Of note, differences in disc angle did not vary significantly across different positions and this parameter is not a reliable measure of instability. This may be related to degenerative changes in the facet joint possibly hindering angular motion, which is consistent with prior literature (14,15,26).
A number of prior comparative studies agree that dynamic radiographs are important in the preoperative workup for instability at a given spinal segment and that flexion-extension radiographs in the standing position are not ideal. In a consecutive series of 50 patients, Wood et al. recommended that flexion-extension radiographs should be performed in the lateral decubitus position (27). In the standing position, patients are forced to support themselves against gravity and the increased tension of the paraspinal muscles may reduce the allowable spinal motion. In the lateral decubitus position, they were able to identify an additional 36% of patients with unstable spondylolisthesis compared to standing views. A lateral decubitus position is a useful alternative when a patient is not able to actively flex or extend their back or has significant difficult with standing. However, lateral decubitus posture does not provide a weight bearing view, and therefore may underestimate maximal vertebral subluxation seen with physiologic axial loads. Furthermore, this posture may be associated with potential bias based on how the patient is positioned and the degree to which they are flexed/extended by the radiology technician.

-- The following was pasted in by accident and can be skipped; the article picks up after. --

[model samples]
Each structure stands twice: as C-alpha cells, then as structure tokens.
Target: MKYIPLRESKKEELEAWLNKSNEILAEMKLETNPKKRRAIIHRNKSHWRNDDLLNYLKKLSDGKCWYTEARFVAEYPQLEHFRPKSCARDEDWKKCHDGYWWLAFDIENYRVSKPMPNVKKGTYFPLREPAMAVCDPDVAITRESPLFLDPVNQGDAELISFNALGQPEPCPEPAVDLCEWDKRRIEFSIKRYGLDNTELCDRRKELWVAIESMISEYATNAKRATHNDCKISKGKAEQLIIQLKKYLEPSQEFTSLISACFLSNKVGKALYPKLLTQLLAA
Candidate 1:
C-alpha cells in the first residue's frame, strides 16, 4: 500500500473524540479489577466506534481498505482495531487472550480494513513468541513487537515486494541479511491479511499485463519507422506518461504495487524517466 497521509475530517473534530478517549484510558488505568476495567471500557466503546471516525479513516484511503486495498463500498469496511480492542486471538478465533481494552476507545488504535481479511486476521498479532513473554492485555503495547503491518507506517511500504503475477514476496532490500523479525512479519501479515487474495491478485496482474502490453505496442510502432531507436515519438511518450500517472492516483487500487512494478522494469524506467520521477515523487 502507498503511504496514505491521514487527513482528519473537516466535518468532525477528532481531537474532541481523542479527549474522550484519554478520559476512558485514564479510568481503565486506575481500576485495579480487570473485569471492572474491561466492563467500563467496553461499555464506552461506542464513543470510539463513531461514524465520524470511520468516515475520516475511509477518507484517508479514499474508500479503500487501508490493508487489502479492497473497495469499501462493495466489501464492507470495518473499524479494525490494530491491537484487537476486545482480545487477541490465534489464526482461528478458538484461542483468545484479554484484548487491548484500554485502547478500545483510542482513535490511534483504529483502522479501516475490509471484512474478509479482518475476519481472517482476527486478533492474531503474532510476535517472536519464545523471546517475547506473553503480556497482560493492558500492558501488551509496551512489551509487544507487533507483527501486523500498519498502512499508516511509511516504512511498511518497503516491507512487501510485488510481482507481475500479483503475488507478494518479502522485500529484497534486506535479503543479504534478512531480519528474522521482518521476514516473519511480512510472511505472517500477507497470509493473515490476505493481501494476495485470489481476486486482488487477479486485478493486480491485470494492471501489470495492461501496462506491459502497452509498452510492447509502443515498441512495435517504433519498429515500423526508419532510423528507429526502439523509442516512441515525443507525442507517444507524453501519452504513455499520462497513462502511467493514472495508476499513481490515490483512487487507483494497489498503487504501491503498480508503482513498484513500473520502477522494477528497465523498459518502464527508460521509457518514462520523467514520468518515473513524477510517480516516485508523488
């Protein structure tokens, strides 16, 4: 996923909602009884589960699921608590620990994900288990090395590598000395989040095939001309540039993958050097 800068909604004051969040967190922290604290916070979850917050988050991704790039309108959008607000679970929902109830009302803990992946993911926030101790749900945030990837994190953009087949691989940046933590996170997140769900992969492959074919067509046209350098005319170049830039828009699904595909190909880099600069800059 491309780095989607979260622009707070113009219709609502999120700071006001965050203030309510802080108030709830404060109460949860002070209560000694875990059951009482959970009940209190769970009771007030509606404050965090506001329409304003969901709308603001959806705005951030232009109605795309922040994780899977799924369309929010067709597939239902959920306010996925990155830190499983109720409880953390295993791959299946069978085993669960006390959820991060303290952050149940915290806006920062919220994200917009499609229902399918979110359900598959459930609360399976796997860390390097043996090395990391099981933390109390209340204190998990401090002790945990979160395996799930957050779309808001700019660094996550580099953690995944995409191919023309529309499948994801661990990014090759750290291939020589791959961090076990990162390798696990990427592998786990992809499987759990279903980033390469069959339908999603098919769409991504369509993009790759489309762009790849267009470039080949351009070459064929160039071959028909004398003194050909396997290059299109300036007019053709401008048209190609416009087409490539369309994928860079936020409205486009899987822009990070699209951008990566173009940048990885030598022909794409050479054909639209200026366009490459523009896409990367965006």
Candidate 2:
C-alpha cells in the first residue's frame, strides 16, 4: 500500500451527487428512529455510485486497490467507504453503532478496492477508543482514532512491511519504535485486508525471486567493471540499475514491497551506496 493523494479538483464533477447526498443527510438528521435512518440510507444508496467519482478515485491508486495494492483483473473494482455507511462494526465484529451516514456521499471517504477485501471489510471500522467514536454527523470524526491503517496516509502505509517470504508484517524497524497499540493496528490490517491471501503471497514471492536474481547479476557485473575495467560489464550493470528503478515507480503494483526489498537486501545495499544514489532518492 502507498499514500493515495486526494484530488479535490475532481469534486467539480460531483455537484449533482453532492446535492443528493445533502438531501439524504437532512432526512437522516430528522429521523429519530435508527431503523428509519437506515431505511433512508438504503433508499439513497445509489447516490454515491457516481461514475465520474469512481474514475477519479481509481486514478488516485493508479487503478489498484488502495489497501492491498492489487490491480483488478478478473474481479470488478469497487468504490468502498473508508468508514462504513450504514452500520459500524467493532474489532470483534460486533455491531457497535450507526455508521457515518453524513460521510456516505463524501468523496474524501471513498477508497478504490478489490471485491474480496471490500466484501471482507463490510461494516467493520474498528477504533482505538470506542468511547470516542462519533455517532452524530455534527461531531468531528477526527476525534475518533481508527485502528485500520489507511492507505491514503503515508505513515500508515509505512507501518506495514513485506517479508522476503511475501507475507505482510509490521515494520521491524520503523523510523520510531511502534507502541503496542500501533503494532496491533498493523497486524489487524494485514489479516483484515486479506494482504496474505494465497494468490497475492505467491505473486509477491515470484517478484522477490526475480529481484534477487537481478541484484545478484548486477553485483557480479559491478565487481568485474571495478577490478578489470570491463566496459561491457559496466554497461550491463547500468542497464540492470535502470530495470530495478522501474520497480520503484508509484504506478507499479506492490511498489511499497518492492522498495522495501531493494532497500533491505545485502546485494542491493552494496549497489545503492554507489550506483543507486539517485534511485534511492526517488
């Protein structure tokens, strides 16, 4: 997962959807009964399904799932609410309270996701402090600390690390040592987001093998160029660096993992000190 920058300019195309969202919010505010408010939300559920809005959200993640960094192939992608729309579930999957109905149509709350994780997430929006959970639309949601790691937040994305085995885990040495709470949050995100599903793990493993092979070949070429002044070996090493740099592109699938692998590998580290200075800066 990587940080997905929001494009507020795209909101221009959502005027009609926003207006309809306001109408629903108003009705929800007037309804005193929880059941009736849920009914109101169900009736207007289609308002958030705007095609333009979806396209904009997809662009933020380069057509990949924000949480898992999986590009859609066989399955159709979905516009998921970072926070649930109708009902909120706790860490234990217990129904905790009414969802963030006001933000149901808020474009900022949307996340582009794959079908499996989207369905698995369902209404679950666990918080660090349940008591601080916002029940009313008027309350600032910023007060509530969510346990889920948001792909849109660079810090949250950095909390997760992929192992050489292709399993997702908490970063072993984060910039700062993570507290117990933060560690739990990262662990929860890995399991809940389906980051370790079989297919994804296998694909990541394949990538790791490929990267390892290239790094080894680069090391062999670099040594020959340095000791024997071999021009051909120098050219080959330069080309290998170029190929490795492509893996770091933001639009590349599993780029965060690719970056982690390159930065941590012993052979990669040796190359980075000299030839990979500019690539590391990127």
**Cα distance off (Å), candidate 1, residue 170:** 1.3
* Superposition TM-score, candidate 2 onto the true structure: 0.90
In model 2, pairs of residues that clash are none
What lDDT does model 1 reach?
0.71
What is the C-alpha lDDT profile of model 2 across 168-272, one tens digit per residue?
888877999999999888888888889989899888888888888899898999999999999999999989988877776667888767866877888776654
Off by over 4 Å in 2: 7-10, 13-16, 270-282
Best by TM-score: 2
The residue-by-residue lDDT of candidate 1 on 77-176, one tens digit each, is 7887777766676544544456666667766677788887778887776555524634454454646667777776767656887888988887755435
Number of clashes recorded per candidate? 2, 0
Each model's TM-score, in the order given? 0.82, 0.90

In a study of 37 patients, Luk et al. suggested that erect flexion and prone traction X-rays are the most clinically relevant views since they showed maximum subluxations and reductions of the spondylolisthesis, respectively (28). These authors surmised that traction allows for restoration of the disc height which increases the surrounding ligamentous tension necessary for spontaneous reduction. Unfortunately, traction views require special tools and positioning that can be uncomfortable for patients and may be difficult to integrate into clinical practice.